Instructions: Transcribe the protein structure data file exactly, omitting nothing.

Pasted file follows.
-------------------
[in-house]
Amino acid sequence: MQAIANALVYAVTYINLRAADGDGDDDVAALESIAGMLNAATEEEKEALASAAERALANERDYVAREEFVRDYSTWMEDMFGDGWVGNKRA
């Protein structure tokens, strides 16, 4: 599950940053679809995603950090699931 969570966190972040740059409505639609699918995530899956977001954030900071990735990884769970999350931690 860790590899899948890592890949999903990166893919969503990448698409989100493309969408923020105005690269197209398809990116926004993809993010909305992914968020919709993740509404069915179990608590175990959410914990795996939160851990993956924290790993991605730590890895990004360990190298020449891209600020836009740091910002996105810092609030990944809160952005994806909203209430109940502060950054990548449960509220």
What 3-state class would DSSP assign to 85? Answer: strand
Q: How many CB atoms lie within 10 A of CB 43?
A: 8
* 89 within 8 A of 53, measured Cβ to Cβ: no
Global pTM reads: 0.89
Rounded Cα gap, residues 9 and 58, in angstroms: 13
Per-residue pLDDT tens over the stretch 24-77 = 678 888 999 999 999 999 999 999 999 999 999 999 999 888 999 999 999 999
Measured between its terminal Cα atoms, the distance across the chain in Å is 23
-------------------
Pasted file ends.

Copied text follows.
[in-house]
Amino acid sequence: MQAIANALVYAVTYINLRAADGDGDDDVAALESIAGMLNAATEEEKEALASAAERALANERDYVAREEFVRDYSTWMEDMFGDGWVGNKRA
């Protein structure tokens, strides 16, 4: 599950940053679809995603950090699931 969570966190972040740059409505639609699918995530899956977001954030900071990735990884769970999350931690 860790590899899948890592890949999903990166893919969503990448698409989100493309969408923020105005690269197209398809990116926004993809993010909305992914968020919709993740509404069915179990608590175990959410914990795996939160851990993956924290790993991605730590890895990004360990190298020449891209600020836009740091910002996105810092609030990944809160952005994806909203209430109940502060950054990548449960509220």
What 3-state class would DSSP assign to 85? Answer: strand
Q: How many CB atoms lie within 10 A of CB 43?
A: 8
* 89 within 8 A of 53, measured Cβ to Cβ: no
Global pTM reads: 0.89
Rounded Cα gap, residues 9 and 58, in angstroms: 13
Per-residue pLDDT tens over the stretch 24-77 = 678 888 999 999 999 999 999 999 999 999 999 999 999 888 999 999 999 999
Measured between its terminal Cα atoms, the distance across the chain in Å is 23